Every summer, I read Alexander Frater’s wonderful book titled Chasing the Monsoon. Through the pages of the book, I make a desperate attempt to soak in the anticipation of arrival of rains. My fantasy becomes my escape route. I curl up with the memories of my growing up years in Orissa. Nothing can match the magic of watching the evening rains lashing against a lamp post.  There’s  something deeply evocative about Orissa’s magical monsoon.

I now live in Gujarat. It has been raining incessantly in Ahmedabad for almost ten days. I no longer enjoy the rains. The thought of struggling to reach office on a rainy day depresses me.  The roads are full of potholes. In some parts of the city, the roads can’t even be called roads. The infrastructure around us collapses in no time. Looking at the pouring rains gives me a sense of uncertainty, fear.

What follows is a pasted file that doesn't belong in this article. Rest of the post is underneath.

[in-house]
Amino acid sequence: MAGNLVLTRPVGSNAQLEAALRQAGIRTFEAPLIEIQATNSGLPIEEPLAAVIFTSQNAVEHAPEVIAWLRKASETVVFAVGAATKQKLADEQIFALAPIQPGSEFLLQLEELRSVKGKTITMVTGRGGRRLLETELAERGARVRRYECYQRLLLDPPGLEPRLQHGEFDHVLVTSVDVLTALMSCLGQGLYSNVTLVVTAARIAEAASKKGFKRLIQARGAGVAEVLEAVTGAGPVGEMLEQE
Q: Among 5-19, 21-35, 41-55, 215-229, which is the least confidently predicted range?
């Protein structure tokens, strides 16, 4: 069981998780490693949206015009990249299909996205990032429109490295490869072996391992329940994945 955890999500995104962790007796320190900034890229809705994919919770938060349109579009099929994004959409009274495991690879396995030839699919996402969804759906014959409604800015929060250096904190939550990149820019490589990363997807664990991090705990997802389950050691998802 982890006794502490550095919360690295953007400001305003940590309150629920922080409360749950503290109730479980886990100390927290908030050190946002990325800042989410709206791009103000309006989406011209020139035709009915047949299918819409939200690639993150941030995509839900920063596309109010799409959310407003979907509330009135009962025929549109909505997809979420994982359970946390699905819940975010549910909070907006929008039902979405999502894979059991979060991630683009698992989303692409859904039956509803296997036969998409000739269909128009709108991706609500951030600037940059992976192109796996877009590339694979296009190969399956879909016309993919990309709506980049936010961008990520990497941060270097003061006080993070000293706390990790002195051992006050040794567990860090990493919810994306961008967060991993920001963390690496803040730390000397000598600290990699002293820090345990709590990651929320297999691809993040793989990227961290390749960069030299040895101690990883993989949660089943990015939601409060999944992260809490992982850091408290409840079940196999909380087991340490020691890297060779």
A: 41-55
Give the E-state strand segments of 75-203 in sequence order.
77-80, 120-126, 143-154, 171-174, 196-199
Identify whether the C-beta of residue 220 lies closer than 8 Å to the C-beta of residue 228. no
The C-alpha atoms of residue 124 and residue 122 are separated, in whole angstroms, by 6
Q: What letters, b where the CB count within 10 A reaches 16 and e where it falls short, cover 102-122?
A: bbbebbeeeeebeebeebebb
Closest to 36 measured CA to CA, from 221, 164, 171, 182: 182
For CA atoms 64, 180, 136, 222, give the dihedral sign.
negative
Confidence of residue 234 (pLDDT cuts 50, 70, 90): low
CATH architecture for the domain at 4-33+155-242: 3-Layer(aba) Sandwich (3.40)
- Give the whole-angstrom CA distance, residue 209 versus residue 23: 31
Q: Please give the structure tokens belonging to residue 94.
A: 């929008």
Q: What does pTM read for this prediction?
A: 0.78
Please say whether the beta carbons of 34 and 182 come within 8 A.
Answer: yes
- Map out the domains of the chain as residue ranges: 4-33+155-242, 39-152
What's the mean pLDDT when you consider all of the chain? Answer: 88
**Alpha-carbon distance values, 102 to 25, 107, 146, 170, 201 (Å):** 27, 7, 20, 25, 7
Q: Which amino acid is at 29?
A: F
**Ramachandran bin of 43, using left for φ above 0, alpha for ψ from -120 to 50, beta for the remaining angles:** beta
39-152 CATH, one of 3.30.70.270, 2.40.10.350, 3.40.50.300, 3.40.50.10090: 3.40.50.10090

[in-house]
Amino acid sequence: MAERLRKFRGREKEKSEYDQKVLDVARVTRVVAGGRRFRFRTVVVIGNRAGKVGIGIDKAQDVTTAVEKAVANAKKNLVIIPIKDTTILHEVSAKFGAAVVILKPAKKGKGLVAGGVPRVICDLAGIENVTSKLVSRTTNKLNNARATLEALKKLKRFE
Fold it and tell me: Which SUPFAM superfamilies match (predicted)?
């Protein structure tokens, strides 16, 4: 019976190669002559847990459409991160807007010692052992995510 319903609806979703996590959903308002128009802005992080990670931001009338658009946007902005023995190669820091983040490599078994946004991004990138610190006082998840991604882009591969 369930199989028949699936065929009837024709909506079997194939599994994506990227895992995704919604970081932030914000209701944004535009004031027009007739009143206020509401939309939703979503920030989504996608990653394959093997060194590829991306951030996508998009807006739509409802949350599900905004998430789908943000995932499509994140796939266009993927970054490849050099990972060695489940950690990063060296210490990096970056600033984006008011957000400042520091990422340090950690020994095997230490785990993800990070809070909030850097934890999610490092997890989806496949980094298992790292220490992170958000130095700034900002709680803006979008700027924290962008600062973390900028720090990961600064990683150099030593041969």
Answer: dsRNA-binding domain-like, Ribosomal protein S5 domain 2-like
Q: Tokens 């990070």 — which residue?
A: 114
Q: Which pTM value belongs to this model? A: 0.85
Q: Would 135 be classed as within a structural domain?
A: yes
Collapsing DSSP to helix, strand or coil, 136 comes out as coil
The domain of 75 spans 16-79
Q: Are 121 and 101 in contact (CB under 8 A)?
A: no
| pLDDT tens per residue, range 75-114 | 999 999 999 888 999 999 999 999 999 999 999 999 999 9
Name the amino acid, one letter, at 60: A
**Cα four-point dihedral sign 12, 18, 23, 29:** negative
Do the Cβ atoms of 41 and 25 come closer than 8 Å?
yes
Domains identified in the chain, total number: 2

But some loves don’t die so quickly. They always find little alleys to pop up again. Like a dancing sunflower. So, on some days when it’s raining heavily, I just listen to Elton John’s Sacrifice or Scorpion’s Always Somewhere and I feel I am in another beautiful world. There is intense beauty in melancholy too. My heart fills up with a joy that can not be described in words.

Rains also make me realize that you can never go back to the home you left behind.



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